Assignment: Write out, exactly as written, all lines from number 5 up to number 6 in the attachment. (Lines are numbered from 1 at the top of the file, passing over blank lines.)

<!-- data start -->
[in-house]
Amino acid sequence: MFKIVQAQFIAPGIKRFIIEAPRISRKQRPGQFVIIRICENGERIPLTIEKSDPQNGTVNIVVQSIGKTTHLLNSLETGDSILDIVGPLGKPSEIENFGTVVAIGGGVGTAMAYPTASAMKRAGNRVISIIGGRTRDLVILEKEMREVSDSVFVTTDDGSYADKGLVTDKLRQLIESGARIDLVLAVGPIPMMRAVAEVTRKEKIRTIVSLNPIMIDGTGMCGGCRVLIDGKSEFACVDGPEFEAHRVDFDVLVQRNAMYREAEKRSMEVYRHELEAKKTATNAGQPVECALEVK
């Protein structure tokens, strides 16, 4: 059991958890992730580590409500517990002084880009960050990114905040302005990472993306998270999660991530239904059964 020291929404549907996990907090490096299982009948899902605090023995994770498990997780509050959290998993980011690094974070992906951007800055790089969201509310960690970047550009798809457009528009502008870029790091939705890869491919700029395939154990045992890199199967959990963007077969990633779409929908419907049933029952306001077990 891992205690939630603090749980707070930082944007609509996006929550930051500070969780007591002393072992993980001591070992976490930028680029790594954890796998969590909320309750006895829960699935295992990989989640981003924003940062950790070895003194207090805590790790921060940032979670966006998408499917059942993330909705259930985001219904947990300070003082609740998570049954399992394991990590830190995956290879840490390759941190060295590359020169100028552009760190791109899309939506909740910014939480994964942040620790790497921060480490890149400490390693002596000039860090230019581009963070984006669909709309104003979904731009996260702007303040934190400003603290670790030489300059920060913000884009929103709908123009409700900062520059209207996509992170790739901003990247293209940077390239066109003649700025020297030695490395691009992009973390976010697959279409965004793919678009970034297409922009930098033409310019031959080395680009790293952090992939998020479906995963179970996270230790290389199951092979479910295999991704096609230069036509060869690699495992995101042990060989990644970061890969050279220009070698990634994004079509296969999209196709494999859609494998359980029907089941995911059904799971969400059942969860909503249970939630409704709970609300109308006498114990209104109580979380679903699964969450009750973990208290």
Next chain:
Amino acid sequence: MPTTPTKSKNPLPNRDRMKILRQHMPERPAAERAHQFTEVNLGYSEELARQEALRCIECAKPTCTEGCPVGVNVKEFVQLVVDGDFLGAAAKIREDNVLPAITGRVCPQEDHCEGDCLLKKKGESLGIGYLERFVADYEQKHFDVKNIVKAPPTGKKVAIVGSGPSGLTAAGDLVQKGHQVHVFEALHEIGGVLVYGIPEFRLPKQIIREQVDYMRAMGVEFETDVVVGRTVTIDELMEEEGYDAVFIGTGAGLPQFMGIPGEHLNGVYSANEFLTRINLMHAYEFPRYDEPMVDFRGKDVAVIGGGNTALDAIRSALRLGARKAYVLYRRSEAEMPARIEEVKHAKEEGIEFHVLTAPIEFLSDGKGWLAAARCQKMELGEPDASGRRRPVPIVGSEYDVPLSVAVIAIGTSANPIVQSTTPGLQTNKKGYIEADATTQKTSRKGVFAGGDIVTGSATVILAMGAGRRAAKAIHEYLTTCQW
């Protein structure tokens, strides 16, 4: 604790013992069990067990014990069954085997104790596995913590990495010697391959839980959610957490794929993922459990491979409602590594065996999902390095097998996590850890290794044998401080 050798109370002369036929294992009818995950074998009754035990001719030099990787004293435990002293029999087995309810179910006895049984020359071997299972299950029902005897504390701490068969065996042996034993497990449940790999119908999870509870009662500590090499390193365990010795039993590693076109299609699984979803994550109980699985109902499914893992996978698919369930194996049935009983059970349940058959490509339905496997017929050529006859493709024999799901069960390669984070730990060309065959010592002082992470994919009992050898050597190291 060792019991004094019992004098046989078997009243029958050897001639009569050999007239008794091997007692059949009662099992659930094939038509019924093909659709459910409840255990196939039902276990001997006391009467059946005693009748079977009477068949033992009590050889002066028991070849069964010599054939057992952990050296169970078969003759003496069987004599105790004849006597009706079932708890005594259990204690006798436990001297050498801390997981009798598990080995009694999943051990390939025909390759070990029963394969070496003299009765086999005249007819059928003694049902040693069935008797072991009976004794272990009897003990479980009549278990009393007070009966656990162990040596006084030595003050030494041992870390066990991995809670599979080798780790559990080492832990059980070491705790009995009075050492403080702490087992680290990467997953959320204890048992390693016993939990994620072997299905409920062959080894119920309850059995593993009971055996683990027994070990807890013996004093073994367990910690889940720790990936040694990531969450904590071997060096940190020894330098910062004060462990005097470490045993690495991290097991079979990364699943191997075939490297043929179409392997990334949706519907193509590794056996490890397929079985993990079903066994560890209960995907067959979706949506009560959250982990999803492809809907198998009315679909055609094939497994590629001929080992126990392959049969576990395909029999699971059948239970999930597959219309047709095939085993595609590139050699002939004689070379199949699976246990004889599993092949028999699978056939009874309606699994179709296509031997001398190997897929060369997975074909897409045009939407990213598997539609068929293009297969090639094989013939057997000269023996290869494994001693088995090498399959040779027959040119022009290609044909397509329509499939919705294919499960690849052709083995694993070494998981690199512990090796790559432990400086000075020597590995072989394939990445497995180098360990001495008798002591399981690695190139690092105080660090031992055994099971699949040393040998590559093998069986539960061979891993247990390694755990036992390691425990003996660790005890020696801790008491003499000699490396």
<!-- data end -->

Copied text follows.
Amino acid sequence: MPTTPTKSKNPLPNRDRMKILRQHMPERPAAERAHQFTEVNLGYSEELARQEALRCIECAKPTCTEGCPVGVNVKEFVQLVVDGDFLGAAAKIREDNVLPAITGRVCPQEDHCEGDCLLKKKGESLGIGYLERFVADYEQKHFDVKNIVKAPPTGKKVAIVGSGPSGLTAAGDLVQKGHQVHVFEALHEIGGVLVYGIPEFRLPKQIIREQVDYMRAMGVEFETDVVVGRTVTIDELMEEEGYDAVFIGTGAGLPQFMGIPGEHLNGVYSANEFLTRINLMHAYEFPRYDEPMVDFRGKDVAVIGGGNTALDAIRSALRLGARKAYVLYRRSEAEMPARIEEVKHAKEEGIEFHVLTAPIEFLSDGKGWLAAARCQKMELGEPDASGRRRPVPIVGSEYDVPLSVAVIAIGTSANPIVQSTTPGLQTNKKGYIEADATTQKTSRKGVFAGGDIVTGSATVILAMGAGRRAAKAIHEYLTTCQW
């Protein structure tokens, strides 16, 4: 604790013992069990067990014990069954085997104790596995913590990495010697391959839980959610957490794929993922459990491979409602590594065996999902390095097998996590850890290794044998401080 050798109370002369036929294992009818995950074998009754035990001719030099990787004293435990002293029999087995309810179910006895049984020359071997299972299950029902005897504390701490068969065996042996034993497990449940790999119908999870509870009662500590090499390193365990010795039993590693076109299609699984979803994550109980699985109902499914893992996978698919369930194996049935009983059970349940058959490509339905496997017929050529006859493709024999799901069960390669984070730990060309065959010592002082992470994919009992050898050597190291 060792019991004094019992004098046989078997009243029958050897001639009569050999007239008794091997007692059949009662099992659930094939038509019924093909659709459910409840255990196939039902276990001997006391009467059946005693009748079977009477068949033992009590050889002066028991070849069964010599054939057992952990050296169970078969003759003496069987004599105790004849006597009706079932708890005594259990204690006798436990001297050498801390997981009798598990080995009694999943051990390939025909390759070990029963394969070496003299009765086999005249007819059928003694049902040693069935008797072991009976004794272990009897003990479980009549278990009393007070009966656990162990040596006084030595003050030494041992870390066990991995809670599979080798780790559990080492832990059980070491705790009995009075050492403080702490087992680290990467997953959320204890048992390693016993939990994620072997299905409920062959080894119920309850059995593993009971055996683990027994070990807890013996004093073994367990910690889940720790990936040694990531969450904590071997060096940190020894330098910062004060462990005097470490045993690495991290097991079979990364699943191997075939490297043929179409392997990334949706519907193509590794056996490890397929079985993990079903066994560890209960995907067959979706949506009560959250982990999803492809809907198998009315679909055609094939497994590629001929080992126990392959049969576990395909029999699971059948239970999930597959219309047709095939085993595609590139050699002939004689070379199949699976246990004889599993092949028999699978056939009874309606699994179709296509031997001398190997897929060369997975074909897409045009939407990213598997539609068929293009297969090639094989013939057997000269023996290869494994001693088995090498399959040779027959040119022009290609044909397509329509499939919705294919499960690849052709083995694993070494998981690199512990090796790559432990400086000075020597590995072989394939990445497995180098360990001495008798002591399981690695190139690092105080660090031992055994099971699949040393040998590559093998069986539960061979891993247990390694755990036992390691425990003996660790005890020696801790008491003499000699490396």